By Luke Rosica || Contributing Writer

Danish filmmaker Lars Von Trier’s Antichrist is a very divisive film. Critics have called it both a masterpiece and torture porn. In its screening at the Cannes Film Festival, reportedly, four people fainted while watching it and the film has even been banned in France. Although the film is classified under the genre of horror, I would not feel comfortable calling it that. It is indeed horrifying, but not in the typical way you might think. It certainly doesn’t follow any of the conventions of horror and it doesn’t try to scare you– instead, it tries to scar. 

The film is beautiful. The cinematography highlights nature, life, and harshly juxtaposes it against images of striking violence and despair. The film is sublime and it feels almost otherworldly. Although it may be the most grueling film I have ever seen, it is also one of the most complex and interesting. I can’t say I enjoyed myself while watching this film because it is not a pleasant experience, but I can say that I loved Antichrist.

There are many things I liked about Antichrist, but I’m going to focus on one thing: how the film depicts grief. I believe that there is a strong argument to be made that the film is about grief and how people deal with it, among other things. Antichrist can be taken as hyperbole, an extreme example of what we feel during times of loss. The film begins with the main characters, simply named He and She, having sex while their unattended child crawls out a window to his death. From this point forward, the film is about He and She dealing with the grief of their dead child.

Unlike conventional films about this subject matter, where we might see the main characters bicker about who’s fault it is, go to therapy, or get divorced, Lars Von Trier expresses the inner emotions of the characters through the visuals and their actions. One such scene comes at the end of Chapter One. He, after losing sight of She, comes upon a deer with a stillborn baby hanging out of it. The doe makes eye contact with He before galloping away with her dead baby’s lifeless body dangling from her vagina. It is a very dark image to think about and even more so when you see it.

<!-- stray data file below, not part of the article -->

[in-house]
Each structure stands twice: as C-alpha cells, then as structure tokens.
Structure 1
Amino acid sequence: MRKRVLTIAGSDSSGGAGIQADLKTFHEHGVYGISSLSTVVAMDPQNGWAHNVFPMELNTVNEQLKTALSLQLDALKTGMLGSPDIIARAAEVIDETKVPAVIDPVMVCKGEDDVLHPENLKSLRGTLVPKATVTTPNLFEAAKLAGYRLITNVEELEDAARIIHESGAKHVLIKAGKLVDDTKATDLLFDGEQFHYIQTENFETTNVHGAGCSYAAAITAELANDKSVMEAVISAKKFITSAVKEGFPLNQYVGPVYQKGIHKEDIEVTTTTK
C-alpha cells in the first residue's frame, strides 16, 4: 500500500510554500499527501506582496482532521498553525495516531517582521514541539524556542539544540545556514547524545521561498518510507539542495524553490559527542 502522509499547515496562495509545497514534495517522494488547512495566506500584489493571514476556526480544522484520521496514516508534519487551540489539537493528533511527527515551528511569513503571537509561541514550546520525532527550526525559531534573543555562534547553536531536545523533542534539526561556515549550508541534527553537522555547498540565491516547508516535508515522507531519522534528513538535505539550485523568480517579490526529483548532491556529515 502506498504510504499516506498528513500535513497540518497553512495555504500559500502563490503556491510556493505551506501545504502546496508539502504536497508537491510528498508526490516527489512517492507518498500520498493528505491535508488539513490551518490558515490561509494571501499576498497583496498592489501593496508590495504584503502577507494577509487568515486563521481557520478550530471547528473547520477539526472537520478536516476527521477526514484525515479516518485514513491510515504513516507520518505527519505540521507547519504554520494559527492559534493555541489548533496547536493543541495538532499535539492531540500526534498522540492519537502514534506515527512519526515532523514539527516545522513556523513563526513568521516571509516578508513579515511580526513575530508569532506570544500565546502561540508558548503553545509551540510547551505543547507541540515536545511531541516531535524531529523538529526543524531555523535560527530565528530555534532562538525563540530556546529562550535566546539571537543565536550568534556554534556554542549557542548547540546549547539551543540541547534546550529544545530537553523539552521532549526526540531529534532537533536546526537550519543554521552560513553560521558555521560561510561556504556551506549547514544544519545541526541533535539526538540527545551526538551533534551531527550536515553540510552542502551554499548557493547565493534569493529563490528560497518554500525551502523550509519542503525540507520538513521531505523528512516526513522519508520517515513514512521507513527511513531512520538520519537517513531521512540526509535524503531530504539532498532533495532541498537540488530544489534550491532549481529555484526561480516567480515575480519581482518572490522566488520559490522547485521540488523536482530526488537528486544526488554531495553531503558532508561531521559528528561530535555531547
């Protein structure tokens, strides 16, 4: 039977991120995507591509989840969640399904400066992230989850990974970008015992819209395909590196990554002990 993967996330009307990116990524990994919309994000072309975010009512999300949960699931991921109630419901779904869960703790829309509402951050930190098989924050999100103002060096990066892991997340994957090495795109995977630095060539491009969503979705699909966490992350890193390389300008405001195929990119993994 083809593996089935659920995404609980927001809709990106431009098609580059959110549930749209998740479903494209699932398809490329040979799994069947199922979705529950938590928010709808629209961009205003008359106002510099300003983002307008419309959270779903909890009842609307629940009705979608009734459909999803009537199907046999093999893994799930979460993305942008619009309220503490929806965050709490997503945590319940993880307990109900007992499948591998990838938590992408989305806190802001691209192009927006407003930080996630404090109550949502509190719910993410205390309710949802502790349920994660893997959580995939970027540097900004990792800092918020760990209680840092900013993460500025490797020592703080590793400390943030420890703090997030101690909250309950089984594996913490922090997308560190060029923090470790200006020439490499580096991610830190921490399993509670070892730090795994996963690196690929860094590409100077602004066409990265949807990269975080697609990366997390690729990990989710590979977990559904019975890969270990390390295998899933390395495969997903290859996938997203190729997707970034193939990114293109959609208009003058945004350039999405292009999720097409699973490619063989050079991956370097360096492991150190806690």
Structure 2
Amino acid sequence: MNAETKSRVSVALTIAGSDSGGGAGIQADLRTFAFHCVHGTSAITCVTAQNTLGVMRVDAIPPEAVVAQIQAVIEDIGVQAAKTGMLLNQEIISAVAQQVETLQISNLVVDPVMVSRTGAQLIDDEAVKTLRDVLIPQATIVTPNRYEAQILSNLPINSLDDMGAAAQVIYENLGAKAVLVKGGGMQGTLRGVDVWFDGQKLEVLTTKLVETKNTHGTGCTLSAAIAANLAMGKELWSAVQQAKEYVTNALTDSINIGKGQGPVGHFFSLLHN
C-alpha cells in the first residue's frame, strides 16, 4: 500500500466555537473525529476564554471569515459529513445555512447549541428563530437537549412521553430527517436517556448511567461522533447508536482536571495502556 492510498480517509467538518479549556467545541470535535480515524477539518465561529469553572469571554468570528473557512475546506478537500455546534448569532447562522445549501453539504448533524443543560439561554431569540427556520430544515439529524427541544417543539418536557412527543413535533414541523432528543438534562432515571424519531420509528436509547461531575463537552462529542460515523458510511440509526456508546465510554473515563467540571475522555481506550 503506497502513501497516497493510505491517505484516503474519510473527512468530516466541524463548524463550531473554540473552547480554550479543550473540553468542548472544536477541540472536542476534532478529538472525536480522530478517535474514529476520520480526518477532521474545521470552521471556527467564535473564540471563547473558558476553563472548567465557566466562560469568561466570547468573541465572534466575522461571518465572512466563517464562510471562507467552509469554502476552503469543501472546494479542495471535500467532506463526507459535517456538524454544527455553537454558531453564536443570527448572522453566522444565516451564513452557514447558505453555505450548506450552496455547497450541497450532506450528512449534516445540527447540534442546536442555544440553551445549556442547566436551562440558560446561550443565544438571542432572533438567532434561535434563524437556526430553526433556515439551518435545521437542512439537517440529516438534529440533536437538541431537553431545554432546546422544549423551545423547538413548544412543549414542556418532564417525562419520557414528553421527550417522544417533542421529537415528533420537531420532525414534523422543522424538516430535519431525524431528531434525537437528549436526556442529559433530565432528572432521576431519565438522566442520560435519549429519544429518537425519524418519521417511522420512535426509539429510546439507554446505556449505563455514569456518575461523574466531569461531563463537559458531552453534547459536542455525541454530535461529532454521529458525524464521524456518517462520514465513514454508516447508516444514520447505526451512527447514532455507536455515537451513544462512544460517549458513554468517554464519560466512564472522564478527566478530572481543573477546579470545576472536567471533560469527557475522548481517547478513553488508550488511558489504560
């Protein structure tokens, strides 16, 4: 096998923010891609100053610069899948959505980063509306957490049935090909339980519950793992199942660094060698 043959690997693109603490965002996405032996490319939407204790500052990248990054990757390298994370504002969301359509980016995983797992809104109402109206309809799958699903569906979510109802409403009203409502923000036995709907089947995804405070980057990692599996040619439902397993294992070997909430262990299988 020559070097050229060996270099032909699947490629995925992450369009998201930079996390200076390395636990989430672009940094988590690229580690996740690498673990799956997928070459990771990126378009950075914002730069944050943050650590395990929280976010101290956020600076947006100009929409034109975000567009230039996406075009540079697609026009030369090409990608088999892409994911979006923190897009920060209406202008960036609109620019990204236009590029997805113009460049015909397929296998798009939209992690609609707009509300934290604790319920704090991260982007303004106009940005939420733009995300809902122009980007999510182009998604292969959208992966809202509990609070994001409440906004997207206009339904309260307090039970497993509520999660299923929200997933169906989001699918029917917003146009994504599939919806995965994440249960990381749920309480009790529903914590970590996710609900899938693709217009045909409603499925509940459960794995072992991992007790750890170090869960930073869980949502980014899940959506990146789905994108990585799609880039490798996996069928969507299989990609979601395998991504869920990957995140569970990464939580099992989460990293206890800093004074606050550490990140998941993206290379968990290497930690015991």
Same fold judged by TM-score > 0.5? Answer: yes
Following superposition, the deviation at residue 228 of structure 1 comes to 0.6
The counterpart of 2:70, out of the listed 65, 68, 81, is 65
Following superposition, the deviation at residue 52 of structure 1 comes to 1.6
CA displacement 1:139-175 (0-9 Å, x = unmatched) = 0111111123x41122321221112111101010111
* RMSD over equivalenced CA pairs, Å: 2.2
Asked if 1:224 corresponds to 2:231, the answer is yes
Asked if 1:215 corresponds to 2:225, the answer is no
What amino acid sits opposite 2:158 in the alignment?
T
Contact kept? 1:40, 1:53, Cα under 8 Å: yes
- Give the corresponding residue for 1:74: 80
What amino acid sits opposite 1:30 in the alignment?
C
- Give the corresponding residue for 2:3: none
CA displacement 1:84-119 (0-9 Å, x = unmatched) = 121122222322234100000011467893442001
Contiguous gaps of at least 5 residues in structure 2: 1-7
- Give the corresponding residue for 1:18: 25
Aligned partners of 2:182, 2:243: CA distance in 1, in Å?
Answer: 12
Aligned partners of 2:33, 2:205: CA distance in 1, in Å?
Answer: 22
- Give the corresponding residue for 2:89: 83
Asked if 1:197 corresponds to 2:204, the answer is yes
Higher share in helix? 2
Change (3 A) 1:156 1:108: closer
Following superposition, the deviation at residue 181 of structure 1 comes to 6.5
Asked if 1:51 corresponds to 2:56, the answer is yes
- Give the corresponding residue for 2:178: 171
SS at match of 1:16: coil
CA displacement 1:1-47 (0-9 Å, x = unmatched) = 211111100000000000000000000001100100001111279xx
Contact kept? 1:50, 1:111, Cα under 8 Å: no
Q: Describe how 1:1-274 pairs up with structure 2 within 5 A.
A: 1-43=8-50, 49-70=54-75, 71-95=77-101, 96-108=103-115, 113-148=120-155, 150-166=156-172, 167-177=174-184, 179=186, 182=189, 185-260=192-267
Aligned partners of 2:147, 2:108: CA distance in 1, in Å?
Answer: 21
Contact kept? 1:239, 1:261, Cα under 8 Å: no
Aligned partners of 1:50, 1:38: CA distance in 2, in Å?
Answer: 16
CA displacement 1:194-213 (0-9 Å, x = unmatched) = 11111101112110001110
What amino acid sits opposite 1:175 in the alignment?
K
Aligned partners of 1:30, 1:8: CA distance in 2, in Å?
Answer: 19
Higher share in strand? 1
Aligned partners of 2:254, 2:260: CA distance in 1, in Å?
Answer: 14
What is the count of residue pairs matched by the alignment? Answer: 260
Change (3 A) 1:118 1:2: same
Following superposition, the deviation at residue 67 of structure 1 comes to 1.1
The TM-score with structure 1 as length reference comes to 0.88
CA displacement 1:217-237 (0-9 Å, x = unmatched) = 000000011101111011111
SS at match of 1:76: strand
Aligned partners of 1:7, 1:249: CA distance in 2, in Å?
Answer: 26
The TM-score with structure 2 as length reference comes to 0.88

A very simple reading of that scene would be that the doe could represent the couple and how they still feel the burden of their dead child or, more specifically, this is how She feels because it is a female doe. Many other scenes deal with similar ideas and do so in a similar way.

This is where the extremely graphic scenes in the film come from, such as the infamous scenes of genital mutilation. The graphic moments are meant to symbolize what the characters blame for or feel about their child’s death. Instead of having the characters explain their feelings, we are shown their feelings and it is not a pretty sight. The gruesome imagery and chaotic nature of the whole film can be seen as a representation of the feelings that people have when they’re experiencing extreme loss.

This is just one interpretation of the film. I believe there are many other layers and analyses that can come from watching the film. For instance, there are also themes of how men and women feel towards each other, religion, and sexuality. The film can seem opaque at times, with imagery that would be hard for anyone to understand, but given enough thought, the film explores many questions about life.

I would not recommend this film to everyone, in fact, I wouldn’t recommend it to most people. Watching this film is tough and you may come out the other side despising it. But, for those of you interested in a film that isn’t meant to entertain, but to provoke and question, you should check out Antichrist.

Sophomore Luke Rosica is a contributing writer. His email is